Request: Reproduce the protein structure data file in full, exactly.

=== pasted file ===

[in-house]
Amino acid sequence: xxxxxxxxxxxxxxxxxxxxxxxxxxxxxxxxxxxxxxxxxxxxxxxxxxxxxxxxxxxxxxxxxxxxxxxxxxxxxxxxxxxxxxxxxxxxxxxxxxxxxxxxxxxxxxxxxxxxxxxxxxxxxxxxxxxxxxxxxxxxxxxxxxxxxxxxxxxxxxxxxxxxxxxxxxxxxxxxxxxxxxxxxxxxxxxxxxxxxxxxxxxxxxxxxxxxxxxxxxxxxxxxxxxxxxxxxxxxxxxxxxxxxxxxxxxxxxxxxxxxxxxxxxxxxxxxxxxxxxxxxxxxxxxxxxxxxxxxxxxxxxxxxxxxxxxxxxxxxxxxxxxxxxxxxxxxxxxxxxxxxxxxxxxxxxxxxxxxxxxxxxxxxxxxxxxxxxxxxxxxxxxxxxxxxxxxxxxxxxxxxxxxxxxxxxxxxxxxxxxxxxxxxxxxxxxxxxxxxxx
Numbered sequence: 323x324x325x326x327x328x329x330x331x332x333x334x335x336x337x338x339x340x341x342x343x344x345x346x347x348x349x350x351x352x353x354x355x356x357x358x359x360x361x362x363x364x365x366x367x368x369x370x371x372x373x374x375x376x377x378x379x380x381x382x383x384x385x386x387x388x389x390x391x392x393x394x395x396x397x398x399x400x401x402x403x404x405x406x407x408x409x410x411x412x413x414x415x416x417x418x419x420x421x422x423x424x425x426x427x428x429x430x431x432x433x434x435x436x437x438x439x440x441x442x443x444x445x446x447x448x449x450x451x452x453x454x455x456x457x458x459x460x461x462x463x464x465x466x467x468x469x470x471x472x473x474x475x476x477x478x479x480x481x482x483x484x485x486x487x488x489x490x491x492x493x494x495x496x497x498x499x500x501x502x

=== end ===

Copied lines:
[in-house]
Amino acid sequence: xxxxxxxxxxxxxxxxxxxxxxxxxxxxxxxxxxxxxxxxxxxxxxxxxxxxxxxxxxxxxxxxxxxxxxxxxxxxxxxxxxxxxxxxxxxxxxxxxxxxxxxxxxxxxxxxxxxxxxxxxxxxxxxxxxxxxxxxxxxxxxxxxxxxxxxxxxxxxxxxxxxxxxxxxxxxxxxxxxxxxxxxxxxxxxxxxxxxxxxxxxxxxxxxxxxxxxxxxxxxxxxxxxxxxxxxxxxxxxxxxxxxxxxxxxxxxxxxxxxxxxxxxxxxxxxxxxxxxxxxxxxxxxxxxxxxxxxxxxxxxxxxxxxxxxxxxxxxxxxxxxxxxxxxxxxxxxxxxxxxxxxxxxxxxxxxxxxxxxxxxxxxxxxxxxxxxxxxxxxxxxxxxxxxxxxxxxxxxxxxxxxxxxxxxxxxxxxxxxxxxxxxxxxxxxxxxxxxxxx
Numbered sequence: 323x324x325x326x327x328x329x330x331x332x333x334x335x336x337x338x339x340x341x342x343x344x345x346x347x348x349x350x351x352x353x354x355x356x357x358x359x360x361x362x363x364x365x366x367x368x369x370x371x372x373x374x375x376x377x378x379x380x381x382x383x384x385x386x387x388x389x390x391x392x393x394x395x396x397x398x399x400x401x402x403x404x405x406x407x408x409x410x411x412x413x414x415x416x417x418x419x420x421x422x423x424x425x426x427x428x429x430x431x432x433x434x435x436x437x438x439x440x441x442x443x444x445x446x447x448x449x450x451x452x453x454x455x456x457x458x459x460x461x462x463x464x465x466x467x468x469x470x471x472x473x474x475x476x477x478x479x480x481x482x483x484x485x486x487x488x489x490x491x492x493x494x495x496x497x498x499x500x501x502x